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Jeremy Dixon

Interview

Jeremy Dixon reminisces about eight years of
performances at Kings Place, the building he
designed in 2008, with Amanda Holloway

How do you feel about the building today?
As far as the design and acoustic are concerned, I go back and I feel pretty pleased. My personal interest is in chamber music, so it has been a joy to create a hall that’s acoustically designed for that very thing. I come to a lot of concerts and I think the acoustic is terrific. A good chamber music hall has a degree of resonance that means the notes don’t die instantly, they just play out. It’s important not only that the audience hears well but also that the musicians can hear themselves and each other. What makes live performance so special is the way it brings together a complex mix of experiences – the acoustic, appearance and lighting, the music, the quality of players, and the mood of the audience.

Which concerts have you particularly enjoyed?
The anchor for me over the years has been the piano. I’m a late learner and I wouldn’t pretend to be a great pianist, but learning opens up your appreciation. So I was riveted by the recent Piano Festival curated by Charles Owen and Katya Apekisheva. I like being immersed, I like going for a weekend of all the Beethoven quartets, for instance, and you get further and further into it. I always try and go to any concert by the Brodskys, such an interesting quartet. Violinist Thomas Gould is a fabulous, flexible musician. I’ve heard him play with the extraordinary Thirties quintet, Man Overboard, a delight, but you then hear him extemporising on Bach with Gwilym Simcock or leading an orchestra. And I adore masterclasses – hearing people working on things is such a good way to get into a piece of music. András Schiff’s recent masterclass with a quartet was fascinating.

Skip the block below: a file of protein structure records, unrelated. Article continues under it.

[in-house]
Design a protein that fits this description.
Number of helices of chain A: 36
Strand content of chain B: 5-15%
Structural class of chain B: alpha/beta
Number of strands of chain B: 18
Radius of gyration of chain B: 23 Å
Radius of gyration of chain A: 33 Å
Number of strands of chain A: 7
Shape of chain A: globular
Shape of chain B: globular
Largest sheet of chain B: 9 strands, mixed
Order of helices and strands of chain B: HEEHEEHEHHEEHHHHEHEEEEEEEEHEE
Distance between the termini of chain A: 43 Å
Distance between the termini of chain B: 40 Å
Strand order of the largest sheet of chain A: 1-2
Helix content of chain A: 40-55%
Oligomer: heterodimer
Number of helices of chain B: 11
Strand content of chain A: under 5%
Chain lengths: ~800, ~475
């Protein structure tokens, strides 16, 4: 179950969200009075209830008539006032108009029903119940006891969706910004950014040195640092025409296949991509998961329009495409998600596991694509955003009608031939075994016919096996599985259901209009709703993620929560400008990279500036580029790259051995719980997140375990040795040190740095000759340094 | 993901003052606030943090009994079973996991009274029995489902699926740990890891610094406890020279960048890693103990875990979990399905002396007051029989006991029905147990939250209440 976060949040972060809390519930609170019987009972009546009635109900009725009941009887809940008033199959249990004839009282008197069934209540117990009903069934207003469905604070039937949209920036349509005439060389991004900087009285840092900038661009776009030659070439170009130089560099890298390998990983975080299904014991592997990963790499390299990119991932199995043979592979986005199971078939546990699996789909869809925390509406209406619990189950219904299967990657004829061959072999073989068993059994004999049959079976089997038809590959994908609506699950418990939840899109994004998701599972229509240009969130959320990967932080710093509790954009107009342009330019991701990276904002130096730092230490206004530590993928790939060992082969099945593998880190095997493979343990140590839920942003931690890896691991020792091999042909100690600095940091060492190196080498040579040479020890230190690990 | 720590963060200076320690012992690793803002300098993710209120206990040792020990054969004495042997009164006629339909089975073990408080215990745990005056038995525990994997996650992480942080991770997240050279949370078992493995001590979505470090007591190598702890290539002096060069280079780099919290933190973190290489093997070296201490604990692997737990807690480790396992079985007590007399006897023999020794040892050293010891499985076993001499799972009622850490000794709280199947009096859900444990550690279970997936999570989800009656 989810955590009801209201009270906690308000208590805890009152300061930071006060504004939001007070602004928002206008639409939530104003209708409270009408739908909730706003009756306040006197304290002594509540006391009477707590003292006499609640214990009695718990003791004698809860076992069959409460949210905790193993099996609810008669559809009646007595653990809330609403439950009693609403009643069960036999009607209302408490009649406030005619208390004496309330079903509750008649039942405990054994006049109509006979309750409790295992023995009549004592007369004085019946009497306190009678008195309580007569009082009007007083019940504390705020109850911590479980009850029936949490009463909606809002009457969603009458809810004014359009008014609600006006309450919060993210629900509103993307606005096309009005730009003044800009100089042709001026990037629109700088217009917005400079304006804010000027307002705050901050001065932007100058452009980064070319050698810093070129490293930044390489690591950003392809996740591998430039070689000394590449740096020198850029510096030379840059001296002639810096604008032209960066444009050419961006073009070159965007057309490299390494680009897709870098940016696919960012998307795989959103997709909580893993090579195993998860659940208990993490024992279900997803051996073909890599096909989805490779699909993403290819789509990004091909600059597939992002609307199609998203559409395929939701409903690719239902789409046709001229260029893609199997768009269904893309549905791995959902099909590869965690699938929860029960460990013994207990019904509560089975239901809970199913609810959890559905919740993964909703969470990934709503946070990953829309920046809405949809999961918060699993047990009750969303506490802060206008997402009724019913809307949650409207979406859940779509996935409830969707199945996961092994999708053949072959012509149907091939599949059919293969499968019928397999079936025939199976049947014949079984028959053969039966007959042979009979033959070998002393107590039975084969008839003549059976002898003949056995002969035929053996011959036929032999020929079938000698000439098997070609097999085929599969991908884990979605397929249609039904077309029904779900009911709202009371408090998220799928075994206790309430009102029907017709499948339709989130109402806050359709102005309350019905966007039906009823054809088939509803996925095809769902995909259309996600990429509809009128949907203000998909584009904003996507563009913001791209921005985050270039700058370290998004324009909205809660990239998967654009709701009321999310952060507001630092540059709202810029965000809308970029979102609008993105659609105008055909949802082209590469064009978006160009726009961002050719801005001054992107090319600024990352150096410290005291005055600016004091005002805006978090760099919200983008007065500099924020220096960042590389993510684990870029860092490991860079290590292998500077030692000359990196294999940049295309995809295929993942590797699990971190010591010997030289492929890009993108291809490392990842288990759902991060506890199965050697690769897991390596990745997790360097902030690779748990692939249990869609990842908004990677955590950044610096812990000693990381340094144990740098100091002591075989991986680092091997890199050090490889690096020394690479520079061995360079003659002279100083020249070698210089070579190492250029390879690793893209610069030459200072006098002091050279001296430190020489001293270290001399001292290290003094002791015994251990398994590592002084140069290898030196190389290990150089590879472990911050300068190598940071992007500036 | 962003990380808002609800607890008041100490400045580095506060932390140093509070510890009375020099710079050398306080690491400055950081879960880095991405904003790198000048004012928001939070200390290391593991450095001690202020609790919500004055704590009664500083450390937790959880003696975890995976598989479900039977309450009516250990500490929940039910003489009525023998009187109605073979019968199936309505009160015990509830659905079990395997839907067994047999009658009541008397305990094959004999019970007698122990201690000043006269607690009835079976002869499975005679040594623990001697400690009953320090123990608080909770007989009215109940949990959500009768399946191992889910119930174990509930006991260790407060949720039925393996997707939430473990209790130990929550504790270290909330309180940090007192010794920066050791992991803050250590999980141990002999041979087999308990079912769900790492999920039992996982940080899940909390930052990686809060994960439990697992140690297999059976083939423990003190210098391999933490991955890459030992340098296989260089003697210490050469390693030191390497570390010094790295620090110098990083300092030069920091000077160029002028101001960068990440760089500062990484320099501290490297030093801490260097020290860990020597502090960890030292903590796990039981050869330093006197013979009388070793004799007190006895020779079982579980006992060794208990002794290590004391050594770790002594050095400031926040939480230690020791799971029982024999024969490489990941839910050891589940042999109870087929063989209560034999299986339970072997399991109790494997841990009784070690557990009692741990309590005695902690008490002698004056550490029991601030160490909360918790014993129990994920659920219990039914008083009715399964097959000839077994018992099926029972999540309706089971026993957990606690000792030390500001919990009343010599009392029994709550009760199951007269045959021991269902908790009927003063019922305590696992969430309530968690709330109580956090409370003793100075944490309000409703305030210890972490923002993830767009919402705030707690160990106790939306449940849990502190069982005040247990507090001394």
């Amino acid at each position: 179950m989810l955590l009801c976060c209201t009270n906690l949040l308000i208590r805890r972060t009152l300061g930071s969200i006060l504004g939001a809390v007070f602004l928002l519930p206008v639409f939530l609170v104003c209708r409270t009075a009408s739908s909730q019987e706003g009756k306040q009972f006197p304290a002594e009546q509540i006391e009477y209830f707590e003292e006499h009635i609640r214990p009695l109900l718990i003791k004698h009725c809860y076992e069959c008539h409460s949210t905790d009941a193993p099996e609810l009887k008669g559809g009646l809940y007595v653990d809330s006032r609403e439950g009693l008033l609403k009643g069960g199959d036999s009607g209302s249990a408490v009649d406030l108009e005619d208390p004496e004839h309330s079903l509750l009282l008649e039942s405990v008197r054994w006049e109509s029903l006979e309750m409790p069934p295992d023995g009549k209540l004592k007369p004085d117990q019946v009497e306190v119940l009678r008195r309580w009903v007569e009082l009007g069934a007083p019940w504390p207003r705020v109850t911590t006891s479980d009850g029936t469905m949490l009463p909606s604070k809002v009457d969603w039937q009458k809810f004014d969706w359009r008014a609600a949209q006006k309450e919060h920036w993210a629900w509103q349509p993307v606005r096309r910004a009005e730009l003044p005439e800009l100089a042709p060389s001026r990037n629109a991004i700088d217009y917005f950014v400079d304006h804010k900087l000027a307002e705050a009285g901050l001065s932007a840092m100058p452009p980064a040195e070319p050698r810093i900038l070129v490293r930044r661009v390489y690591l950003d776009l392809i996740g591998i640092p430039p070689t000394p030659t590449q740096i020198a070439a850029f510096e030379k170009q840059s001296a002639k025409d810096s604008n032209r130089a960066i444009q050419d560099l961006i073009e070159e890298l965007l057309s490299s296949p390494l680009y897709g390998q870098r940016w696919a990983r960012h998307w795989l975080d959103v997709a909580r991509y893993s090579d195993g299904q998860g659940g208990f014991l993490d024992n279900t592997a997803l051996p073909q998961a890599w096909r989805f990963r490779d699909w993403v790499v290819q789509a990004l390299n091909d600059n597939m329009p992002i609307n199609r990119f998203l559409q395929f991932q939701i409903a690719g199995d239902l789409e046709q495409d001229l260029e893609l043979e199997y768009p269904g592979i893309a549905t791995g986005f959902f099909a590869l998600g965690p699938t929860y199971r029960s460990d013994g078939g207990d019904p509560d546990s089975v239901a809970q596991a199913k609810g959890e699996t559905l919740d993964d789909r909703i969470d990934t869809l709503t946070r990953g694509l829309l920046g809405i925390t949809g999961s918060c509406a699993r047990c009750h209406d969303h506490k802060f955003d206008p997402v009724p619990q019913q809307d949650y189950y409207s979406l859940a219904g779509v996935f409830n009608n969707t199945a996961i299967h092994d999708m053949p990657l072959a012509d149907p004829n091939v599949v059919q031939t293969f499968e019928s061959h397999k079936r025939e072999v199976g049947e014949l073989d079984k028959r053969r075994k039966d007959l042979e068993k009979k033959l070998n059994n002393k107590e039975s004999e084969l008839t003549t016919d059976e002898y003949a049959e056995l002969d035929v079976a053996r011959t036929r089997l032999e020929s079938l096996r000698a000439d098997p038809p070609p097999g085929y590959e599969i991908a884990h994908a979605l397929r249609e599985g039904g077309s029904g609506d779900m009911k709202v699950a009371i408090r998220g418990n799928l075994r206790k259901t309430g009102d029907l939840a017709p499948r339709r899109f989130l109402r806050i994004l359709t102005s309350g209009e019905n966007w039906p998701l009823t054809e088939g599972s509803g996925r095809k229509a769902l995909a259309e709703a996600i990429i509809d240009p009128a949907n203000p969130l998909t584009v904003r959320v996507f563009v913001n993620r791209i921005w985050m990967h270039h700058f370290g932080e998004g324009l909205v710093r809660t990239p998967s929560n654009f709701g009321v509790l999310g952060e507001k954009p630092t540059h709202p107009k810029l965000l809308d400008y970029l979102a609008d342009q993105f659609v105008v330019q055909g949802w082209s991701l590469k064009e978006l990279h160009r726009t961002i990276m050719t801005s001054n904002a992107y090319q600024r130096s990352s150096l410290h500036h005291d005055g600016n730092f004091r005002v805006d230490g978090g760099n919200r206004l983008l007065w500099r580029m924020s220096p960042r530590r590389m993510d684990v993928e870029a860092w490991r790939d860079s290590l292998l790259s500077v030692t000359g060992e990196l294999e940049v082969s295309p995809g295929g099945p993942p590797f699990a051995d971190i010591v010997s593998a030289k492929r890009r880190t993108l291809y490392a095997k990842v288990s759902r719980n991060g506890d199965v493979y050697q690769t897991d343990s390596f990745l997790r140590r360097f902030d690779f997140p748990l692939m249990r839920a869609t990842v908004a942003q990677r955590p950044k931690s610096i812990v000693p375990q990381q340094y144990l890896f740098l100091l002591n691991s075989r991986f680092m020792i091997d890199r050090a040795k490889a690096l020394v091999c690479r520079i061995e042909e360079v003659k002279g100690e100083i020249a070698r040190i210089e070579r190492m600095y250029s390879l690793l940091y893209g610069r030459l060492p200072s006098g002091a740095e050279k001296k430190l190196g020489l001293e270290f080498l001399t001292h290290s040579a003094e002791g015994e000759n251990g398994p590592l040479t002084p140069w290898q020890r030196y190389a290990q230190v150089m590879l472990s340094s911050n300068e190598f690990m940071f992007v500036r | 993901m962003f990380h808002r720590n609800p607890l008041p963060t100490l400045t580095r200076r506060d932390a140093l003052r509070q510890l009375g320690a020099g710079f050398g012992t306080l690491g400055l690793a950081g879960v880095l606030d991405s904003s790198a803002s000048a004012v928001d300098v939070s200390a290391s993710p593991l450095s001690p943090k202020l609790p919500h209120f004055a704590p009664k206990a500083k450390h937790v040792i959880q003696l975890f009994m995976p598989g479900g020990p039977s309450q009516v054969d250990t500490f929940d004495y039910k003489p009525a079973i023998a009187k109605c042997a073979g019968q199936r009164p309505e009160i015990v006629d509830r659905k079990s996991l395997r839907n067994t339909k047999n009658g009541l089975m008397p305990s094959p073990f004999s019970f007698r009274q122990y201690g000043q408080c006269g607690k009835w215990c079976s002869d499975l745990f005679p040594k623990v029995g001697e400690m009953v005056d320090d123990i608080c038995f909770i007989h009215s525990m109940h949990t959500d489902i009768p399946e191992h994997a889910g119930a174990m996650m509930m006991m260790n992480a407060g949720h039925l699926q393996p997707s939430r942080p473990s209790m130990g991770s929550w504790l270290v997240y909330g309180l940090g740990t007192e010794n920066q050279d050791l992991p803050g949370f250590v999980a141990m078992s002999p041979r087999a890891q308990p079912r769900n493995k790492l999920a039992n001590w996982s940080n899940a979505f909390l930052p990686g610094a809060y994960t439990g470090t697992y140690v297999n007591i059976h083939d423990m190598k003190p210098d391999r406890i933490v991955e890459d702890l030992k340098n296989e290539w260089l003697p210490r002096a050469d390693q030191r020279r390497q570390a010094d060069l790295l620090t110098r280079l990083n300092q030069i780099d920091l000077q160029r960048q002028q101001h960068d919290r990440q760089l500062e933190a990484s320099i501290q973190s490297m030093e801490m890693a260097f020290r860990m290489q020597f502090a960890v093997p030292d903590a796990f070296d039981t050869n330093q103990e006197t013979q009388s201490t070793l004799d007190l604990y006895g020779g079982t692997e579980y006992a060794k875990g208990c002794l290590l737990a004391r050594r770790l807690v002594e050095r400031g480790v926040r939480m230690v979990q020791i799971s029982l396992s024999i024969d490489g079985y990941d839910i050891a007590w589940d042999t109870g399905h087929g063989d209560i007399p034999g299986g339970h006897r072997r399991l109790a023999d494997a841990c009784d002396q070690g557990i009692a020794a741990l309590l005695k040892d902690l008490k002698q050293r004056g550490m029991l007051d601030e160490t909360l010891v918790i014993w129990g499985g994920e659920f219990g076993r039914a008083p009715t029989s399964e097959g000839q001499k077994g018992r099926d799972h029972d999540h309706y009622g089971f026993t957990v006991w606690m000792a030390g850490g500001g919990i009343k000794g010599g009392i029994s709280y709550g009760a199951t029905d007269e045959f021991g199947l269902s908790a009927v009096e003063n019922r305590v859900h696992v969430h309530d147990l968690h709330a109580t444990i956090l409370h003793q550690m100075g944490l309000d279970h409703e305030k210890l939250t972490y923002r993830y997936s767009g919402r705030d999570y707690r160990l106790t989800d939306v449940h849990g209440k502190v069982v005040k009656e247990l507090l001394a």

‘I sit in the balcony, close to the stage. You get the most wonderful sound’

What have you earmarked on the Kings Place 2017 calendar?
I love the cello, particularly the unaccompanied cello, so I’m delighted Cello Unwrapped is coming up. I’m looking forward to hearing Christoph Richter playing Schumann. He played the unaccompanied Bach Suites and Sonatas in Bach Unwrapped in 2013. Something I’ve always said about hearing the cello in Hall One – you feel like you’re inside the instrument. I’ve noticed that some instruments get extra bloom in Hall One. I am a huge admirer of Imogen Cooper, and I’m looking  forward to hearing her play Beethoven Trios & Variations with Adrian Brendel and Henning Kraggerud in January. The programming at Kings Place spans so many different genres; I wish I had more courage to just come to things I don’t know about. It’s a golden opportunity to do it here.

As the architect, do you have a favourite seat in the hall?
Yes, it’s in the balcony, quite close to the stage, on the piano keyboard side (left). Up there you watch everything, like a bird, and you get the most wonderful sound.

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